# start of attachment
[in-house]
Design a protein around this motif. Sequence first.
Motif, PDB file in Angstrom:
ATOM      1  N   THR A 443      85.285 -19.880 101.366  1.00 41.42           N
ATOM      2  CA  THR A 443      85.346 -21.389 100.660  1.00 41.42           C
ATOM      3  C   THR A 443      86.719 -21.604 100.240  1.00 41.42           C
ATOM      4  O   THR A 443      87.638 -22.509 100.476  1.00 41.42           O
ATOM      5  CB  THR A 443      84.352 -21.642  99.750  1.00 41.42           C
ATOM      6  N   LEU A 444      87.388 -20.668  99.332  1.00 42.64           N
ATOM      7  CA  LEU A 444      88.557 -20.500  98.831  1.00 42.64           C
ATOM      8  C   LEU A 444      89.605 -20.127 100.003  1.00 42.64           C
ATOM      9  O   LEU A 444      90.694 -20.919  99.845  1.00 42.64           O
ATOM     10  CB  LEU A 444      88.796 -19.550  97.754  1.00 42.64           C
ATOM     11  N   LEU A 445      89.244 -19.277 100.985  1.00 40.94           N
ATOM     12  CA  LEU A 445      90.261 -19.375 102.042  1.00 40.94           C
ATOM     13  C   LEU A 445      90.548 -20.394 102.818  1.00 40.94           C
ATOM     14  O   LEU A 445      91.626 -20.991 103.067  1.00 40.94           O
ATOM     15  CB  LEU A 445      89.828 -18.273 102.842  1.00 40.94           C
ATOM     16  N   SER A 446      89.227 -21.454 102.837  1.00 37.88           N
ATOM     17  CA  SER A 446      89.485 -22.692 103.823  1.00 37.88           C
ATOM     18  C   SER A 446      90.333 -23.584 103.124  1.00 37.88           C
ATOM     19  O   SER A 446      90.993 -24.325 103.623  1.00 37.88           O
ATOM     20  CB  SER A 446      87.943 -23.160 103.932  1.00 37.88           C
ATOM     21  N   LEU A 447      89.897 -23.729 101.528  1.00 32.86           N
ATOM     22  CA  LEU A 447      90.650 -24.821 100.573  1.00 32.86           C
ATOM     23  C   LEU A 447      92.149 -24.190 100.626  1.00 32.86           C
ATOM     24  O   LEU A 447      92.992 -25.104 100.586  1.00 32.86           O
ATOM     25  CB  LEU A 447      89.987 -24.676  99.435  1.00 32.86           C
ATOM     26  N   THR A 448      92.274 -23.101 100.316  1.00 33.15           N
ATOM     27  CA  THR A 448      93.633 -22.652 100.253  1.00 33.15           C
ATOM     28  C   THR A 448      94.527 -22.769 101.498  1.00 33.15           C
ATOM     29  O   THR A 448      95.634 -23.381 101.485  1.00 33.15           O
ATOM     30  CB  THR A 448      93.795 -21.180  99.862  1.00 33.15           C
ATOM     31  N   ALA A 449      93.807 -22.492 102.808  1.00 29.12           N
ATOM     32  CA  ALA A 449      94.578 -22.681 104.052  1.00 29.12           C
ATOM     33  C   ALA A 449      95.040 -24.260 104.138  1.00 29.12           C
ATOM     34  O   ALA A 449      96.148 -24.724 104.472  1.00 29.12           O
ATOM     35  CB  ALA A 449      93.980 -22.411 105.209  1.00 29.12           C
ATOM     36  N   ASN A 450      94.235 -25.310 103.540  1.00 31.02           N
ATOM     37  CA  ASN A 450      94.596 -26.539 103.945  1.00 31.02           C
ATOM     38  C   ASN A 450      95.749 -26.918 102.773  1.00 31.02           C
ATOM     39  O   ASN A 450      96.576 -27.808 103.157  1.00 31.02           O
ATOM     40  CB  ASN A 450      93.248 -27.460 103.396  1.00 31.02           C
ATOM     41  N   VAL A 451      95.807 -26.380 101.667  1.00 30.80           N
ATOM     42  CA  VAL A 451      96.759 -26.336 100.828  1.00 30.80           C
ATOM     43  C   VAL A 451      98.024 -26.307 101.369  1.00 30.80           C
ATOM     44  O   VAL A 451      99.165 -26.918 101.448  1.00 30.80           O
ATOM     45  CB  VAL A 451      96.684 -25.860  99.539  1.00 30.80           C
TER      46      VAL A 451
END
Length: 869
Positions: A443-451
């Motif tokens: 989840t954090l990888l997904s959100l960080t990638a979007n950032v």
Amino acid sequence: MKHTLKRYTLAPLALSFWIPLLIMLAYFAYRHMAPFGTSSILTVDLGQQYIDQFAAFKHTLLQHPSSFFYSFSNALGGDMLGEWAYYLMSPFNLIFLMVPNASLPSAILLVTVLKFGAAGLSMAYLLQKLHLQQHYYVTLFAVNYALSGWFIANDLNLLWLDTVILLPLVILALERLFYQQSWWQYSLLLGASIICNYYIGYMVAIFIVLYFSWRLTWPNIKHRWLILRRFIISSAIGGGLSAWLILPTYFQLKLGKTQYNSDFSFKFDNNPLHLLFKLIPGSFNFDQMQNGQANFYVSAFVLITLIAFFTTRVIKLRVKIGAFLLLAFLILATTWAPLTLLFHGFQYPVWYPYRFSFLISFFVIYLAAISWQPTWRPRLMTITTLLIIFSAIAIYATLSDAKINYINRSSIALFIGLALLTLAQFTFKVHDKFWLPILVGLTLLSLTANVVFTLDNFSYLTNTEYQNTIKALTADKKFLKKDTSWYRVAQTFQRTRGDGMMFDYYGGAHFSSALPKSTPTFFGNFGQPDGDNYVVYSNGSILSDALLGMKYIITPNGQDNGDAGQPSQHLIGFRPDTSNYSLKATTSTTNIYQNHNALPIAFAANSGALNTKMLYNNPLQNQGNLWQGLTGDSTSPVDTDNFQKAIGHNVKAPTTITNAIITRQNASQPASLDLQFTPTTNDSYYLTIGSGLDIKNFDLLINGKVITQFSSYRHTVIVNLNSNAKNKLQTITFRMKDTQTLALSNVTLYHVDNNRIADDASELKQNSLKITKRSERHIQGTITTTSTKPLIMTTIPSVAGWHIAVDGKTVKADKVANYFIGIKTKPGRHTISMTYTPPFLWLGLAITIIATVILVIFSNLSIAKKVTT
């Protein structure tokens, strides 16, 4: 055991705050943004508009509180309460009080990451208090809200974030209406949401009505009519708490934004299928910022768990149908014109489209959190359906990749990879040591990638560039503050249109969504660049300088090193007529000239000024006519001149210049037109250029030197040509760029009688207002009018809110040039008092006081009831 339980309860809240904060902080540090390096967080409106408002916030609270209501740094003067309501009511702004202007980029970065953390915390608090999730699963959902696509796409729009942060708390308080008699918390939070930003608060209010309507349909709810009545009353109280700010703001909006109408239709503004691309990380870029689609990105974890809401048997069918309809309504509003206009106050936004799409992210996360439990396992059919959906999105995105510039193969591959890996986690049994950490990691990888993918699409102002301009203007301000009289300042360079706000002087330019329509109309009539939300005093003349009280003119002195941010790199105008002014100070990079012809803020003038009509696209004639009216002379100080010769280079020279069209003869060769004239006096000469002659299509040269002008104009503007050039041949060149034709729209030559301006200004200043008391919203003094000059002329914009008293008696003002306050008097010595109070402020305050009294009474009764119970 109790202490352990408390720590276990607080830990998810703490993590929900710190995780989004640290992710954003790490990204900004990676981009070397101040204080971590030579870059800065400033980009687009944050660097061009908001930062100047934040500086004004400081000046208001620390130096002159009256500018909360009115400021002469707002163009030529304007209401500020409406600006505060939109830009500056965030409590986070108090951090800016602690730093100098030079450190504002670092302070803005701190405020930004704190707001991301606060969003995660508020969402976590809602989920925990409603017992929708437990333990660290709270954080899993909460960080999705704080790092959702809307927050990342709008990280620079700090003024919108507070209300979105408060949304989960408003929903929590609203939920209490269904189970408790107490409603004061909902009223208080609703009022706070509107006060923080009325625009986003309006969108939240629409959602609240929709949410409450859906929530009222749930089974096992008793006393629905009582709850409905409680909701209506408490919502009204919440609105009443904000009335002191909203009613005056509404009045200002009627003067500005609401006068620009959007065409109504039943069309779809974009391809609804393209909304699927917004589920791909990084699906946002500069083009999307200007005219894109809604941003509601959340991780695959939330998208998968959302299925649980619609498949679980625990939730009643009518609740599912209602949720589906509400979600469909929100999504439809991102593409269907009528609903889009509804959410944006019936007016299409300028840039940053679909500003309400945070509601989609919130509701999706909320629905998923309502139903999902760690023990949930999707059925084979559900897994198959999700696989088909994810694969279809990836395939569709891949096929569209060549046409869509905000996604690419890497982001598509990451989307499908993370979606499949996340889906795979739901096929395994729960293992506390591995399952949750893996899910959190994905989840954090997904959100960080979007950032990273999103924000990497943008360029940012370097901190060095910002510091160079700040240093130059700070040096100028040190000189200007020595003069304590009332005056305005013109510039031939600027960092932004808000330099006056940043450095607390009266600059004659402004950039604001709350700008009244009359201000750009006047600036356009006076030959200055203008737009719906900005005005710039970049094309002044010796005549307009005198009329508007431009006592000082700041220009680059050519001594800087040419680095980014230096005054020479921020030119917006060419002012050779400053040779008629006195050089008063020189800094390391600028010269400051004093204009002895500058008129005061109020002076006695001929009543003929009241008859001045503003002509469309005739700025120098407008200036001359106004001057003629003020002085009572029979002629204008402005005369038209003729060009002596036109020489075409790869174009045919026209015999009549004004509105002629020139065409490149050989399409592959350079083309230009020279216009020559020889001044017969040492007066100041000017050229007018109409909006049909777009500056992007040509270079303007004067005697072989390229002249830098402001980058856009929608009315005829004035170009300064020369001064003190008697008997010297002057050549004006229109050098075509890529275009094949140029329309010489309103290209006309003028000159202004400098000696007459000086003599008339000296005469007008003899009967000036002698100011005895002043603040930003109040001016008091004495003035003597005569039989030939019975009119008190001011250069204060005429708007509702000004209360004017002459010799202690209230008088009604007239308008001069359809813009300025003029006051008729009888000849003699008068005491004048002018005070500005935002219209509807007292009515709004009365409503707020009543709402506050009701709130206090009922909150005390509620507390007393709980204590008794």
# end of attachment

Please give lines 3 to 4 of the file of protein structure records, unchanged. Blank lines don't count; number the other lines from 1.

Motif, PDB file in Angstrom:
ATOM      1  N   THR A 443      85.285 -19.880 101.366  1.00 41.42           N